In the 1960s, Frank W. Abagnale Jr. left high school and embarked on an astonishing worldwide crime spree -- passing millions in bum checks and posing alternately as an airline pilot, doctor, and lawyer. These were grand schemes -- audacious, hilarious, and remarkable -- and Steven Spielberg's Catch Me if You Can almost lives up to them. Leonardo DiCaprio and the Oscar-nominated Christopher Walken are particularly fine as father and son, and from the gorgeous credit sequence to -- and I'm as stunned to be writing this as you are to read it -- John Williams' score, the film glistens with expertise and artistry. Even the director's tics, particularly his goofy reduction of everything to daddy issues, fade upon second glance.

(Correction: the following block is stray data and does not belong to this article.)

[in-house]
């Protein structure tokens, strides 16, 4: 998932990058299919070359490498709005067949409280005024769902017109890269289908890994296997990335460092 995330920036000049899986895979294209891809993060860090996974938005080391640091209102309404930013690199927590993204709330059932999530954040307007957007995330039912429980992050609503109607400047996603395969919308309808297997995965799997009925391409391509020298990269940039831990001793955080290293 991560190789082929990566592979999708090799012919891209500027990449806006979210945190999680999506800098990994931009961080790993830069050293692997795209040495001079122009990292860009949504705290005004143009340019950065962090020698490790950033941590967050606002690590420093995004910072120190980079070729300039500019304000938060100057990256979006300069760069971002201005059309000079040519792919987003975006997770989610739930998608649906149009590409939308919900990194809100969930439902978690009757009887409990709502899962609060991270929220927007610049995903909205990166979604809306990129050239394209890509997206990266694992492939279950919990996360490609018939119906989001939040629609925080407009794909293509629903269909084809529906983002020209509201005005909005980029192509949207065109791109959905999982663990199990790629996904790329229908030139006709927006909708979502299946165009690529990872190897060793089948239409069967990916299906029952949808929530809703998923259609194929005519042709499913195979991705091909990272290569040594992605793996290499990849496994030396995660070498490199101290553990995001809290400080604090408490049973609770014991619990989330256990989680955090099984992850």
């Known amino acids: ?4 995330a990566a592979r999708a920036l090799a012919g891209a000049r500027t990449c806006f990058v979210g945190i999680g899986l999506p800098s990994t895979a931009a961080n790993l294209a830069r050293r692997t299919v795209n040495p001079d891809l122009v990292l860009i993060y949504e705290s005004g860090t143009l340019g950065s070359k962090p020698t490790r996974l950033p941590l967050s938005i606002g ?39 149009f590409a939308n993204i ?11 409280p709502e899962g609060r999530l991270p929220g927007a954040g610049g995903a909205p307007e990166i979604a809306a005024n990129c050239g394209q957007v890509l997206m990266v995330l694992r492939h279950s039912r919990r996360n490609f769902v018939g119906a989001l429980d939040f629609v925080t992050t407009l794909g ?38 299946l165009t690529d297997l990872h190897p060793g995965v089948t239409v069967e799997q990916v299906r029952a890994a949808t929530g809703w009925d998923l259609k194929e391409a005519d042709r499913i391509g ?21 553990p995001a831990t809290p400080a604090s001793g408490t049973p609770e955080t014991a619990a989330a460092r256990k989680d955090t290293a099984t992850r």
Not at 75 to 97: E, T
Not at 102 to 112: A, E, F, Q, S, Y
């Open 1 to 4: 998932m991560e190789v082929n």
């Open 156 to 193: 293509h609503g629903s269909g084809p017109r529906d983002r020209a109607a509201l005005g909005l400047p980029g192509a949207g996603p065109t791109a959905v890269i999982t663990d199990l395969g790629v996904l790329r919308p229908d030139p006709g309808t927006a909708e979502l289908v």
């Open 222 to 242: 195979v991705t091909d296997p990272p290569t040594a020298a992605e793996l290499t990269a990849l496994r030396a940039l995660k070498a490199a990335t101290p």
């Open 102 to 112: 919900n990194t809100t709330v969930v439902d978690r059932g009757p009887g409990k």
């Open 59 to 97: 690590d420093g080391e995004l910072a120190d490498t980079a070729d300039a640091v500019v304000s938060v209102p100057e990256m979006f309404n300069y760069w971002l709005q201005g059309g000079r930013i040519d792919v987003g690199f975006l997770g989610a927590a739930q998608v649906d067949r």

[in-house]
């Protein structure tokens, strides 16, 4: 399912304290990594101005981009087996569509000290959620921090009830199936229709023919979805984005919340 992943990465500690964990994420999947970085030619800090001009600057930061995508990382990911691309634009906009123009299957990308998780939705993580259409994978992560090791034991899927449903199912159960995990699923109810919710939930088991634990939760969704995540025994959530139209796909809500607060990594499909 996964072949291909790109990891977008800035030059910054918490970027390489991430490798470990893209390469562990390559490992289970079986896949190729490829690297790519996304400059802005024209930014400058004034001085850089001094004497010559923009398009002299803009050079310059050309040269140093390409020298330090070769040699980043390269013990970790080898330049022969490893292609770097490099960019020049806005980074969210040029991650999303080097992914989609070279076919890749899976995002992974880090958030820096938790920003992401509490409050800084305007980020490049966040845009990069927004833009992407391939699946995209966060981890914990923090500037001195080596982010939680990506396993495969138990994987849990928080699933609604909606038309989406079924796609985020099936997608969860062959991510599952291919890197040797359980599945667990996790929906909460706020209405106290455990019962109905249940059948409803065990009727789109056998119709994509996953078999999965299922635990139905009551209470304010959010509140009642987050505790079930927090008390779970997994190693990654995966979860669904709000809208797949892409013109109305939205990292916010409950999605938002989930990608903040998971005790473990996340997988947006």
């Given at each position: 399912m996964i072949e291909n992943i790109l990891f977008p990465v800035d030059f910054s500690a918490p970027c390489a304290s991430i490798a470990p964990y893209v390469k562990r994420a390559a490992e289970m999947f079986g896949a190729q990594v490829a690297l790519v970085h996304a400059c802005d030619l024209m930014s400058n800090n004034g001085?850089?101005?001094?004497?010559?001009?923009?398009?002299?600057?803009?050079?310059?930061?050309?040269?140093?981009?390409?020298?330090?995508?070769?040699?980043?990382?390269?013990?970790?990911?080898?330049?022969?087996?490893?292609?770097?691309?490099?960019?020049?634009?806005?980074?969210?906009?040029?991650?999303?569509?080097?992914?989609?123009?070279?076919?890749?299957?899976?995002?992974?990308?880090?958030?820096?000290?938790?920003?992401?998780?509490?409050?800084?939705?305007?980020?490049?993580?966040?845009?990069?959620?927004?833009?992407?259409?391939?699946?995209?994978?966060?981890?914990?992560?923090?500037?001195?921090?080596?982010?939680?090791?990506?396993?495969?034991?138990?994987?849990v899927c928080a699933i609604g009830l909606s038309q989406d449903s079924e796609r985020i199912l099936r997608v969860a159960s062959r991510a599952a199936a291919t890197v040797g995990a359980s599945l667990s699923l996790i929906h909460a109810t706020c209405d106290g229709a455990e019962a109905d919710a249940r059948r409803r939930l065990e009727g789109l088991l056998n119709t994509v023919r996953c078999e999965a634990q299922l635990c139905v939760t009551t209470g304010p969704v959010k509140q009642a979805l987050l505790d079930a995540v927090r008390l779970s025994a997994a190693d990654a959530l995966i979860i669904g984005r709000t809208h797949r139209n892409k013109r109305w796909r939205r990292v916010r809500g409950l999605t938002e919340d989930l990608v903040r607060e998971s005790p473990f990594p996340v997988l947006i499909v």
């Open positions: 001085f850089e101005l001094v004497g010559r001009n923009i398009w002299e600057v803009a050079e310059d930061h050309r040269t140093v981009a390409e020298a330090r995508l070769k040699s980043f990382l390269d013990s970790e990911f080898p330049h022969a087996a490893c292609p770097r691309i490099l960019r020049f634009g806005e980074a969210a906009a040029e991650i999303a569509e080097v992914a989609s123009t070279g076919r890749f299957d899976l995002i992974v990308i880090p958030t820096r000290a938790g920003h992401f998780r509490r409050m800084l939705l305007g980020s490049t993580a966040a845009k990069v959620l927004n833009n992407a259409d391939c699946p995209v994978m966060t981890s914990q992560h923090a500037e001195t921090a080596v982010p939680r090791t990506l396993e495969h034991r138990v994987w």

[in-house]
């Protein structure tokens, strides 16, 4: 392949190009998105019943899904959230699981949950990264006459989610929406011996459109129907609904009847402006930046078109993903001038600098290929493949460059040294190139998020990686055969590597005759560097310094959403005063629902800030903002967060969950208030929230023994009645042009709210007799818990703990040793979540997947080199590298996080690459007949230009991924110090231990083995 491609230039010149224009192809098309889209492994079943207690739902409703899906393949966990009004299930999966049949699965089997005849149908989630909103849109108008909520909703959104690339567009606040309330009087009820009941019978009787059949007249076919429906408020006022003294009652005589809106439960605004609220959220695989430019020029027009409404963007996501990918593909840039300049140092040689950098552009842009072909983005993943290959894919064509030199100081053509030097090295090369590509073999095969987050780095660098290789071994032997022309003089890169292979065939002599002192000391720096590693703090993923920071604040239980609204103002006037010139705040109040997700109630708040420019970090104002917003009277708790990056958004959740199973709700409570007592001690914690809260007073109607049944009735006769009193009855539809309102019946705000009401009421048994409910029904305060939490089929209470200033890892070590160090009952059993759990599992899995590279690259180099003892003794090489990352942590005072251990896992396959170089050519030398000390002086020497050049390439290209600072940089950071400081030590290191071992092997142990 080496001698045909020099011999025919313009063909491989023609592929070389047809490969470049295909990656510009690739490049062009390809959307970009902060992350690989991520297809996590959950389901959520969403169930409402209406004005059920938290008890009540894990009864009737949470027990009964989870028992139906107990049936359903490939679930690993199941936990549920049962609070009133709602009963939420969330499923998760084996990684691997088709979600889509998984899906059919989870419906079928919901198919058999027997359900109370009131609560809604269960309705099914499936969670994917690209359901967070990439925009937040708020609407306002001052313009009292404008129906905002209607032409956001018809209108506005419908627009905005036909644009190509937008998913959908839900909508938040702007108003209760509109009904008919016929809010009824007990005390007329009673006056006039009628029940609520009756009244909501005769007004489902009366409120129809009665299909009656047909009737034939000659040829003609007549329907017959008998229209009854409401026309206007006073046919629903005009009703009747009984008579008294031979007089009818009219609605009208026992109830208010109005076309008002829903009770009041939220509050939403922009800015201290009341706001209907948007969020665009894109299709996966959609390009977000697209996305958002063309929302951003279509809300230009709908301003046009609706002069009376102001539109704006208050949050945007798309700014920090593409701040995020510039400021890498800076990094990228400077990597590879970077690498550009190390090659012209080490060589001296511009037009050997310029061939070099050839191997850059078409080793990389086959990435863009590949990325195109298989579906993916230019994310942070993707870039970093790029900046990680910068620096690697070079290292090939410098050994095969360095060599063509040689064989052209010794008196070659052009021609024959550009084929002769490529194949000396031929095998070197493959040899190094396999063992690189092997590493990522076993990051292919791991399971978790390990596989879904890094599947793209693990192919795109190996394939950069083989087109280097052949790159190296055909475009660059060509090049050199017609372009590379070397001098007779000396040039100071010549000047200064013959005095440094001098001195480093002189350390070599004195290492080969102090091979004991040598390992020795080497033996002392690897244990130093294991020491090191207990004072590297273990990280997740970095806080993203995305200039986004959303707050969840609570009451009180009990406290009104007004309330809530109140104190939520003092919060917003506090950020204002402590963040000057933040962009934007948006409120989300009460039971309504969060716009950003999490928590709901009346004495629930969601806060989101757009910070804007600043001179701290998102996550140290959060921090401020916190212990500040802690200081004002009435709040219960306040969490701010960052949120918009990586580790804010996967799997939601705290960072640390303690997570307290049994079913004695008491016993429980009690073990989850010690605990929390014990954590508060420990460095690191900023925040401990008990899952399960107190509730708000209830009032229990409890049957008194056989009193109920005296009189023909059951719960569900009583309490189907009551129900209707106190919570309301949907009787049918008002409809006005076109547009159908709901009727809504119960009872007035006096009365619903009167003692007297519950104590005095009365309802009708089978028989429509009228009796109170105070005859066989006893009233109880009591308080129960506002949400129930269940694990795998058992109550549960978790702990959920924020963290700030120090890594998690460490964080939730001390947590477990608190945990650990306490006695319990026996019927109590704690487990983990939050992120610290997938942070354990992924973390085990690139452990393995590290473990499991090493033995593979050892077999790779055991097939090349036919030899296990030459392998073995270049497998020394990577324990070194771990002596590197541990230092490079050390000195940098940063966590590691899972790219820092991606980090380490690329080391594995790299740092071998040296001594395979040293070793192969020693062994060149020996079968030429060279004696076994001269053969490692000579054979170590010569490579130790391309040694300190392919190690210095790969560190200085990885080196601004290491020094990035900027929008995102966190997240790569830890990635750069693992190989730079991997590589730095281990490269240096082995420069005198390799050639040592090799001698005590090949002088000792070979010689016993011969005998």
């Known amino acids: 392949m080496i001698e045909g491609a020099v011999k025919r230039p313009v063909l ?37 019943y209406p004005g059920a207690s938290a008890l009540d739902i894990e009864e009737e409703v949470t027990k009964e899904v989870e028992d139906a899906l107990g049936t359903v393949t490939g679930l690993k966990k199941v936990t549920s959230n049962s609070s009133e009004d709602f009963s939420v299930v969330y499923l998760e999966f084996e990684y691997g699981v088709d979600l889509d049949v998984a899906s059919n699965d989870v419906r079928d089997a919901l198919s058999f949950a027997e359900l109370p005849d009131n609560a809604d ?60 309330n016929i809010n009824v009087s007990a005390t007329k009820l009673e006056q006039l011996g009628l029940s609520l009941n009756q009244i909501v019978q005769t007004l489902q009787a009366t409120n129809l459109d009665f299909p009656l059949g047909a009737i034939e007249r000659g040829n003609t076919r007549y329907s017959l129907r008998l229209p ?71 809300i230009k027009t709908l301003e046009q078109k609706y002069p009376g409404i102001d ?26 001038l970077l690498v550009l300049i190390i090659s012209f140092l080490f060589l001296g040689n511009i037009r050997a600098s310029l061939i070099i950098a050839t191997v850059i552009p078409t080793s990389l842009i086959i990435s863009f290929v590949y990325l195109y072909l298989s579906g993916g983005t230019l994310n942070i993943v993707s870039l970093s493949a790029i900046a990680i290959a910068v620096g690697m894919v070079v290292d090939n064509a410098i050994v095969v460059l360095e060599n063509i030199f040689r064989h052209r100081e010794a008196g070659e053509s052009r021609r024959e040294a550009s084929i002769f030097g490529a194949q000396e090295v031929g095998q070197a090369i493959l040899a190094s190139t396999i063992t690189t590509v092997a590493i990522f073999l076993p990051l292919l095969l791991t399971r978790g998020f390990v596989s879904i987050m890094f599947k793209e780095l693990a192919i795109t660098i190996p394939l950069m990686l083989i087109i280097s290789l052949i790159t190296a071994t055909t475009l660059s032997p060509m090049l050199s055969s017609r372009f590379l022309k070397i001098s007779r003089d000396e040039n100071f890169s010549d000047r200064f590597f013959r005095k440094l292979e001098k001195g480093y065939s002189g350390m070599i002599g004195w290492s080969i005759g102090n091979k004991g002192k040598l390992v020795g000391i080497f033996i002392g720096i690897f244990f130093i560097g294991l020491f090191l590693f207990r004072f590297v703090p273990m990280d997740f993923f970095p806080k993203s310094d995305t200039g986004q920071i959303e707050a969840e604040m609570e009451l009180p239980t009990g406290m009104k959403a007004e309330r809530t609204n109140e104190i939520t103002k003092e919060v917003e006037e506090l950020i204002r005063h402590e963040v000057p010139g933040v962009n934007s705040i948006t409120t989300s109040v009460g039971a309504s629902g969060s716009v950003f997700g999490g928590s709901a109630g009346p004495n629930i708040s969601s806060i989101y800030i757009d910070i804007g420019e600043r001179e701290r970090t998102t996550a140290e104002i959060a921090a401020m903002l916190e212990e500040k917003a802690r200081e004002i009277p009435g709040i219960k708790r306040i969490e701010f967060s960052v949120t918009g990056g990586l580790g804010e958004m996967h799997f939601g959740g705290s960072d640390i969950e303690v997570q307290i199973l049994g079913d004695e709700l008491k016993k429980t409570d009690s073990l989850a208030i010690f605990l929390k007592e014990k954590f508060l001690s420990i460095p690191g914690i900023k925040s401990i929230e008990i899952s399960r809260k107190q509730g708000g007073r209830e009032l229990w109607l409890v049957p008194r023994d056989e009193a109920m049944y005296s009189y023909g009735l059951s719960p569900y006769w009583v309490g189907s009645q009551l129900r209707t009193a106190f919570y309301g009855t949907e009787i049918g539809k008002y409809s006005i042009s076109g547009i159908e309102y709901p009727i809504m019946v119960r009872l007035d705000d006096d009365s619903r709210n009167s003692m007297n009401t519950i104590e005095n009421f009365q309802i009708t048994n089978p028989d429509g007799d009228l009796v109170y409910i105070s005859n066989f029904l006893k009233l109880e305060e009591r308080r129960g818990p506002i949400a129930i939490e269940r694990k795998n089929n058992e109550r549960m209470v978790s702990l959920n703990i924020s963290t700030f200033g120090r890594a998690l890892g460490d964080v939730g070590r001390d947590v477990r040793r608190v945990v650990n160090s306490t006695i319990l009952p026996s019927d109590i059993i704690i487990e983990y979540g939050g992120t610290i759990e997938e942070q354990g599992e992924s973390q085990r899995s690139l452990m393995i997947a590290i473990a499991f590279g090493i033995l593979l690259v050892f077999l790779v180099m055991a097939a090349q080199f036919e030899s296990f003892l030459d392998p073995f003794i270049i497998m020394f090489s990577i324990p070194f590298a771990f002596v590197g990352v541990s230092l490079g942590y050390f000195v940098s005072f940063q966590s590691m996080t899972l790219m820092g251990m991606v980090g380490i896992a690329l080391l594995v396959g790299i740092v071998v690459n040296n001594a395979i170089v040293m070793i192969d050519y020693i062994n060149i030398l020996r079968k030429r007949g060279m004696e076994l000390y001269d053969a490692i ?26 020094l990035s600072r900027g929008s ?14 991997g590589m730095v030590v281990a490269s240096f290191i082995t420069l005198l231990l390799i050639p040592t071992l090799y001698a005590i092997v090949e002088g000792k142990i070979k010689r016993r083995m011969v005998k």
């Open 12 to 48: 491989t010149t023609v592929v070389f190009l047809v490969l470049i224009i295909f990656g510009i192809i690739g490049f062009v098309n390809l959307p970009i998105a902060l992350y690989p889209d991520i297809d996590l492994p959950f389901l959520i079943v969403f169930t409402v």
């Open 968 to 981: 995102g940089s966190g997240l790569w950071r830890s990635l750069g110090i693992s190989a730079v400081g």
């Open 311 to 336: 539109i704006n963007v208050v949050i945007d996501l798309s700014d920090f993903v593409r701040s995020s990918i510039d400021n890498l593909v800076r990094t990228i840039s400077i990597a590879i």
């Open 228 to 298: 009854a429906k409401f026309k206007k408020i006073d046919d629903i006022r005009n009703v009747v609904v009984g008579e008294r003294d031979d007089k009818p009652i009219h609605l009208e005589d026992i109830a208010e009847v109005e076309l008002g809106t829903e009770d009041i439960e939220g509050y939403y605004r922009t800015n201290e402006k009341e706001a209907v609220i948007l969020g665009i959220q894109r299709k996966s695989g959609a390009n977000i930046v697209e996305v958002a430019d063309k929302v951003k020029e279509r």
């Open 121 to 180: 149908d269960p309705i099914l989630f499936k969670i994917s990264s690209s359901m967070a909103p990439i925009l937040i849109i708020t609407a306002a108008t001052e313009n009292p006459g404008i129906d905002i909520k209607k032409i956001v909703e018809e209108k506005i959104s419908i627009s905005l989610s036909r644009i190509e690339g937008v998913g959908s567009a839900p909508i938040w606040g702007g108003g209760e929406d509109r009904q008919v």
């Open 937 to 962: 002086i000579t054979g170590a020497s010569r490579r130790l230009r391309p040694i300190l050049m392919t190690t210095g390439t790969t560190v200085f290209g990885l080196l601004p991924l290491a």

There's no doubt that Spielberg is on fire -- like Michael Jordan in his prime, he makes the stunning appear effortless -- but ''Catch Me if You Can'' is missing something. And ironically what's absent is the very thing that should be the movie's long suit: giddy fun. Because while I'm sure a nasty parental divorce could lead a young man to a life of crime and depressed isolation, it had to have kinda been a good time to travel Europe with a million bucks and eight stewardesses, right?